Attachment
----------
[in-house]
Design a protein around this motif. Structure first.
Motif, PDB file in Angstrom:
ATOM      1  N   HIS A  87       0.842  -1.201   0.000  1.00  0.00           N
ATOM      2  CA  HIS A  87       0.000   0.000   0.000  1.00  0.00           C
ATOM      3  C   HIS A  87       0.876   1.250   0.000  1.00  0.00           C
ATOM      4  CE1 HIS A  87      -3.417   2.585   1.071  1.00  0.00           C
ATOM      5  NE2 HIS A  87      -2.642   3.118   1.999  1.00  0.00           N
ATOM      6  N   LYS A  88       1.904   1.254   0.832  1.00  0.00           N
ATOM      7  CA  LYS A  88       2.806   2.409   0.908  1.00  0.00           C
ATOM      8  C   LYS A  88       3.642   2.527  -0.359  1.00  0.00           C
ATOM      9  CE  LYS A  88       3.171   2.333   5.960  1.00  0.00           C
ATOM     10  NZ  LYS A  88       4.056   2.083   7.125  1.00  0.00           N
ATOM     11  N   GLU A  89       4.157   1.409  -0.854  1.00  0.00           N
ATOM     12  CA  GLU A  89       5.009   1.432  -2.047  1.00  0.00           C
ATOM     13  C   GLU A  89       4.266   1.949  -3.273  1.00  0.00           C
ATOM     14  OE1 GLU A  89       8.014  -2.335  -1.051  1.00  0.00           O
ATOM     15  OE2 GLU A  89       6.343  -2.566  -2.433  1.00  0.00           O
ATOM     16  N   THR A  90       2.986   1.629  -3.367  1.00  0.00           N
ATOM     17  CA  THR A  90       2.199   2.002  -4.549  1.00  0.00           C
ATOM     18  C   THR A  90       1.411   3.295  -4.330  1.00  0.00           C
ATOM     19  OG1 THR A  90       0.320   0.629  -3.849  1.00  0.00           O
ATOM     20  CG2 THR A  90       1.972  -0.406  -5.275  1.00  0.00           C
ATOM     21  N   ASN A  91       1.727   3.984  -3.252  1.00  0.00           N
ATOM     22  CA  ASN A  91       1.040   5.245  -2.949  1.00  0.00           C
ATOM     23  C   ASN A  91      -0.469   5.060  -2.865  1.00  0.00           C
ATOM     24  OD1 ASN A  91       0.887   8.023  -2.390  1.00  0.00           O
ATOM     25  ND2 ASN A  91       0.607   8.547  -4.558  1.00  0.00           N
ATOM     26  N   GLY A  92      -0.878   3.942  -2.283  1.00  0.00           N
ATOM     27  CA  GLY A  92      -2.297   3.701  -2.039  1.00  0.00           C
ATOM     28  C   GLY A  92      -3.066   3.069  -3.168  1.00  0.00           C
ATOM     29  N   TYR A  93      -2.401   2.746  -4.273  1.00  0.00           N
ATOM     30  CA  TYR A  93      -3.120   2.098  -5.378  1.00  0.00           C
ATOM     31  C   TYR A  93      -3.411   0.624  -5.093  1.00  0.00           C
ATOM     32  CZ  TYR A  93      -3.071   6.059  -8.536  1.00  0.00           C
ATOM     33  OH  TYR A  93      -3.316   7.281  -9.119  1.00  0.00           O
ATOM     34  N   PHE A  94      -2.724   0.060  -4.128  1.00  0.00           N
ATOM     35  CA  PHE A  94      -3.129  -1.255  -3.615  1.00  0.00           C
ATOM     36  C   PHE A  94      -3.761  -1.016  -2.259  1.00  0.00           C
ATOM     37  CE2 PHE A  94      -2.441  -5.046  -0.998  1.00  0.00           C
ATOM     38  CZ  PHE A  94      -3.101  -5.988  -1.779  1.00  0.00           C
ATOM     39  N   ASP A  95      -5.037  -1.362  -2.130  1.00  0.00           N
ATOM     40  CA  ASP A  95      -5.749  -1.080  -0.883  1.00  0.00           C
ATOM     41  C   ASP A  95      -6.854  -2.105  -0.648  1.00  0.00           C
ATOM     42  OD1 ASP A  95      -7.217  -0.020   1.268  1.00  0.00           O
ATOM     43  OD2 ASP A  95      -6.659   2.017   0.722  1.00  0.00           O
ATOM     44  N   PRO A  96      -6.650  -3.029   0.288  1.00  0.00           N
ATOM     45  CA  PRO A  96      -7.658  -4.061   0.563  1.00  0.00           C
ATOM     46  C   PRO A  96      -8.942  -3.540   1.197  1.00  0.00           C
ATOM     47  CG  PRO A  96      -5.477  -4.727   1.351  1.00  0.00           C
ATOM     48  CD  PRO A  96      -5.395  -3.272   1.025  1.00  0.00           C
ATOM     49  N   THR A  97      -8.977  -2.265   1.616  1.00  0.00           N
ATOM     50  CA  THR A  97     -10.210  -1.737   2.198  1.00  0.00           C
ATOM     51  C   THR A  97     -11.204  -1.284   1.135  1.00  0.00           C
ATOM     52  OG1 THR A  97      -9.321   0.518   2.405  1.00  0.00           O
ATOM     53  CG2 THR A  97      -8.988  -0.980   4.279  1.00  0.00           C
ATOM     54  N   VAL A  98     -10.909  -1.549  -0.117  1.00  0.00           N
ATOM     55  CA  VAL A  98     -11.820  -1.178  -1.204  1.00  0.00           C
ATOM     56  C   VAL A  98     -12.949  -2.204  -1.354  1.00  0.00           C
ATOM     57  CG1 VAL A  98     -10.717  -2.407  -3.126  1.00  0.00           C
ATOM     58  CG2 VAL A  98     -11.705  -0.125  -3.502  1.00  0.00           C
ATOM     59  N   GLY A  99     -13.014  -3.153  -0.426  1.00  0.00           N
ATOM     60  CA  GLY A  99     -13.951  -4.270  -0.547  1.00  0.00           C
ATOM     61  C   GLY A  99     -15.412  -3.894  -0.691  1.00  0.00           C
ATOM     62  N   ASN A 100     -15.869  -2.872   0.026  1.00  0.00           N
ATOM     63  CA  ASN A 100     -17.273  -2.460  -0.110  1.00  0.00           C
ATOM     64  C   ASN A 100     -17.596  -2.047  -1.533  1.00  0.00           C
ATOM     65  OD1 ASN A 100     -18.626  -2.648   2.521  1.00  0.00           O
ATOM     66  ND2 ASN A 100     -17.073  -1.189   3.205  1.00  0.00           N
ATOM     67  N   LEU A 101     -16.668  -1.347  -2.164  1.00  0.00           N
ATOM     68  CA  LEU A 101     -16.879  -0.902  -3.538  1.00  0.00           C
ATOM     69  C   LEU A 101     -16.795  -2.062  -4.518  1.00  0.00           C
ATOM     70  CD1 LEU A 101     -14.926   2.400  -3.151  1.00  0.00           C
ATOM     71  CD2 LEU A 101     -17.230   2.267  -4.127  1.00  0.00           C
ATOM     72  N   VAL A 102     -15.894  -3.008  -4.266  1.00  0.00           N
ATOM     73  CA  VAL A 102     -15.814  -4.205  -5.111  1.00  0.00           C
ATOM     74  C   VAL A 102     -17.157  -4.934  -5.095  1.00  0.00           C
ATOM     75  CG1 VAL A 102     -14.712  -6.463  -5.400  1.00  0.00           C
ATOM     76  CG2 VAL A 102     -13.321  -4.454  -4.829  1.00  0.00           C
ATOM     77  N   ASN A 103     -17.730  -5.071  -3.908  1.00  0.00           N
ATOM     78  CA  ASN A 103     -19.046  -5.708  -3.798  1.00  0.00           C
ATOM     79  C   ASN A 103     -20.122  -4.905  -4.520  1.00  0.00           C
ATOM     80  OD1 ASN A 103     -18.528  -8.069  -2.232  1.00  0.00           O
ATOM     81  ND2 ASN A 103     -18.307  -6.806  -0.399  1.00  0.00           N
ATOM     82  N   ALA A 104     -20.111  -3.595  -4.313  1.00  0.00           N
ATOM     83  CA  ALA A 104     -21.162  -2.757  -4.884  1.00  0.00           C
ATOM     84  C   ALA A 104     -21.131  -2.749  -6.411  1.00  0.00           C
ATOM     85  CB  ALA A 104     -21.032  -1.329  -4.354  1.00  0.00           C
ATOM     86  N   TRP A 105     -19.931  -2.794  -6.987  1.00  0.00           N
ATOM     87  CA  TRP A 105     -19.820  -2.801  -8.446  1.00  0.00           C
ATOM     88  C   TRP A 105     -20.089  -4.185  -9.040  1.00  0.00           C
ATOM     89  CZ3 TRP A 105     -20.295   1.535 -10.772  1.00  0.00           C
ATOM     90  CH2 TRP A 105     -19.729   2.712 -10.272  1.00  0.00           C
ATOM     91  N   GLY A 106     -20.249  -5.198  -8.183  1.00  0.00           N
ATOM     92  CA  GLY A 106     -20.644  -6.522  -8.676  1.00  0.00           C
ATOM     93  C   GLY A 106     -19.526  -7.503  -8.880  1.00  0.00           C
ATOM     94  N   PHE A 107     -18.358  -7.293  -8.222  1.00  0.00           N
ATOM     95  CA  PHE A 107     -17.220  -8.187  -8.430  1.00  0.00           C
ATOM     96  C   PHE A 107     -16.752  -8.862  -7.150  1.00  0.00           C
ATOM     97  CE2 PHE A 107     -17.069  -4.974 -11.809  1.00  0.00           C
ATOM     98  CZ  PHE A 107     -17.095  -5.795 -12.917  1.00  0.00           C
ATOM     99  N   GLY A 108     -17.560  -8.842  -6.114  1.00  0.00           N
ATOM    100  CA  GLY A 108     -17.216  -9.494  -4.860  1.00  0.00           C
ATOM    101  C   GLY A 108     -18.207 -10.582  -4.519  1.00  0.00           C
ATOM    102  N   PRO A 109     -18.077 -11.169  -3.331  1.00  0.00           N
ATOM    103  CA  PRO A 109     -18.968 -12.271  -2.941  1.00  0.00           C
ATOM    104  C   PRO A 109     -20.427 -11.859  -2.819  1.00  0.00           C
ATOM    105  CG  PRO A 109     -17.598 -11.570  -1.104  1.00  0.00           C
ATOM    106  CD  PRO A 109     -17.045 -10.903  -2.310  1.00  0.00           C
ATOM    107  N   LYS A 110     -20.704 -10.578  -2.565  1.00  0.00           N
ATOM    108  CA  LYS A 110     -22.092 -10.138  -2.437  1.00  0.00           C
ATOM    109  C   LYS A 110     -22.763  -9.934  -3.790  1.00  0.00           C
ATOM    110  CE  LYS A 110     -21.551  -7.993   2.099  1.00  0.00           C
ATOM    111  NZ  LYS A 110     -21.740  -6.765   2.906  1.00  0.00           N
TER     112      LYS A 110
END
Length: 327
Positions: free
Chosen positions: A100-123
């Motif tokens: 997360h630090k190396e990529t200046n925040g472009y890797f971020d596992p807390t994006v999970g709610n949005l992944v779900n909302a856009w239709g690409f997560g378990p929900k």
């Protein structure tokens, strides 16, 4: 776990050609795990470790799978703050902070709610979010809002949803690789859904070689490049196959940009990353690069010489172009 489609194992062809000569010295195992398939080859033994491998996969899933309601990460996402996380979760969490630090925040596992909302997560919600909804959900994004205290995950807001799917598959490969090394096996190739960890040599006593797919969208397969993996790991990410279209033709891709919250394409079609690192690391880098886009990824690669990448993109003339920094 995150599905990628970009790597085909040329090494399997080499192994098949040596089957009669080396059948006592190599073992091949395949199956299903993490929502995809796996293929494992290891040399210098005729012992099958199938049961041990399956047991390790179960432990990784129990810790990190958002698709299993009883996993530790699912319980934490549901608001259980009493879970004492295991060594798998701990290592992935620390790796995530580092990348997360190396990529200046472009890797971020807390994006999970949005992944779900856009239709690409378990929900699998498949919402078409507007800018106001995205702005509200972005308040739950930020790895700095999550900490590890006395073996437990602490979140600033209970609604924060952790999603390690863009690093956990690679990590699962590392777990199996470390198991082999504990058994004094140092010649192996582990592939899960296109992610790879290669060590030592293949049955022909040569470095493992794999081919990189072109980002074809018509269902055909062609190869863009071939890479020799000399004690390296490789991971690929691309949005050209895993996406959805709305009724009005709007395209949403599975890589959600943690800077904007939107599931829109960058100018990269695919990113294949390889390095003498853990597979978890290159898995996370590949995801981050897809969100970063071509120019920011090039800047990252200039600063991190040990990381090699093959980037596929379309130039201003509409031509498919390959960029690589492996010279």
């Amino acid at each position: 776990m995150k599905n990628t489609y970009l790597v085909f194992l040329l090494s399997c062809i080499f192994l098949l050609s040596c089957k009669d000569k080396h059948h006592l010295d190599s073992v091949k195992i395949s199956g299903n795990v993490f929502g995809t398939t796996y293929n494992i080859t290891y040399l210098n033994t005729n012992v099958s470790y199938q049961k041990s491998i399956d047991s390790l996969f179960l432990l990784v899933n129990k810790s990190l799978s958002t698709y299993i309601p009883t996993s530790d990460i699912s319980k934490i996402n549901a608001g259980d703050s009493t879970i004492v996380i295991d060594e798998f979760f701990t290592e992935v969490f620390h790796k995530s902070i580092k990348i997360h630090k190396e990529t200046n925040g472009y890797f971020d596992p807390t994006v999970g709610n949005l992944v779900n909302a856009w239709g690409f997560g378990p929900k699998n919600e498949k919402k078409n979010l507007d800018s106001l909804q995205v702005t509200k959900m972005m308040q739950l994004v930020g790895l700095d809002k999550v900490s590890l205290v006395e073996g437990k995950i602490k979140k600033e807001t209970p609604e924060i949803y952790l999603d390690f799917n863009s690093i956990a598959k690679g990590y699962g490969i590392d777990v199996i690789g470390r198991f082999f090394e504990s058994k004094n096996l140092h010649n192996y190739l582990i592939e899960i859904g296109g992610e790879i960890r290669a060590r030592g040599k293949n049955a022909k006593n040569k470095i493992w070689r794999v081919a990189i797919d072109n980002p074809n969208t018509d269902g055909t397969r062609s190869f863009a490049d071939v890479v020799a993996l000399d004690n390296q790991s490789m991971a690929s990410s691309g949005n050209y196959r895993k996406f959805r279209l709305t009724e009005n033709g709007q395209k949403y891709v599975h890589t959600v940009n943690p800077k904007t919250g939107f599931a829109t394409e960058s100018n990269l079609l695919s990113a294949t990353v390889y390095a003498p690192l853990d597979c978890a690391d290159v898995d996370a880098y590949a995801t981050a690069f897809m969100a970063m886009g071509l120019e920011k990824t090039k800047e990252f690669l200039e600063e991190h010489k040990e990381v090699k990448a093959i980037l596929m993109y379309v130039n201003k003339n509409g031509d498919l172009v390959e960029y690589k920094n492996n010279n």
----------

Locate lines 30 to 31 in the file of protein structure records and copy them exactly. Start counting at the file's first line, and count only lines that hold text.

ATOM     27  CA  GLY A  92      -2.297   3.701  -2.039  1.00  0.00           C
ATOM     28  C   GLY A  92      -3.066   3.069  -3.168  1.00  0.00           C